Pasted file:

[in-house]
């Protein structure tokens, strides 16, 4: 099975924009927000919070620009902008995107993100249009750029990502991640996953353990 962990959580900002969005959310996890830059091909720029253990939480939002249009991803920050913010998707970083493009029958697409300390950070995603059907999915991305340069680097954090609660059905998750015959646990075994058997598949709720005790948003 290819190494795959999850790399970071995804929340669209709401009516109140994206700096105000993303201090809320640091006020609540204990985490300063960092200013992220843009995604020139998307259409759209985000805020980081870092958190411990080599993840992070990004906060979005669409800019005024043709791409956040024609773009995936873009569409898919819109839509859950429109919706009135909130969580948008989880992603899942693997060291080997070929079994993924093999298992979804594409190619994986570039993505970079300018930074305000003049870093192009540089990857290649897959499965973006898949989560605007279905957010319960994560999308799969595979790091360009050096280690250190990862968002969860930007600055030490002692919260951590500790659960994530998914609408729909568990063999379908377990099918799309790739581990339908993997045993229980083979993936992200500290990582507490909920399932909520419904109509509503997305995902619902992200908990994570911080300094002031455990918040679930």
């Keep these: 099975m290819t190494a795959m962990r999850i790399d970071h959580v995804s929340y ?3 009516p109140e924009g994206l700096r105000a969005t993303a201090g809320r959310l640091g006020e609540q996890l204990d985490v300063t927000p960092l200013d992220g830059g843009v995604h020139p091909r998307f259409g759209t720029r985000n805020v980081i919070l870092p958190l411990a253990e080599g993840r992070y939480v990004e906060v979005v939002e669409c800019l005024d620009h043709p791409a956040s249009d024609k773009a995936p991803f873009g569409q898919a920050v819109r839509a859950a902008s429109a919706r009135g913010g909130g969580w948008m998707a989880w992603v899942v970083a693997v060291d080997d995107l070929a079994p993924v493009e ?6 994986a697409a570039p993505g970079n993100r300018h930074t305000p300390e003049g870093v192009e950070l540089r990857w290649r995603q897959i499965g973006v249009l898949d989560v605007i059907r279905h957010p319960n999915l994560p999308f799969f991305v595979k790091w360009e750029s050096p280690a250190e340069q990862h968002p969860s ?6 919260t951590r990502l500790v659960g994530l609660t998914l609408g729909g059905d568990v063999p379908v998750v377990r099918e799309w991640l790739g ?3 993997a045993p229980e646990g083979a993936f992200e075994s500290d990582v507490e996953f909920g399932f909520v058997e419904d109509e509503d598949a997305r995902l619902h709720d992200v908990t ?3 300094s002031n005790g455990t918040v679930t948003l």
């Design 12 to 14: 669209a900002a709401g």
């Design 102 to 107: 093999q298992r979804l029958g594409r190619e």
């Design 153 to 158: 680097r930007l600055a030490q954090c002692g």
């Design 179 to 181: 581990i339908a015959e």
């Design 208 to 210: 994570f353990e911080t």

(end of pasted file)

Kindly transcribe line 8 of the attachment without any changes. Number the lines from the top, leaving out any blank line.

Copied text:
């Design 208 to 210: 994570f353990e911080t």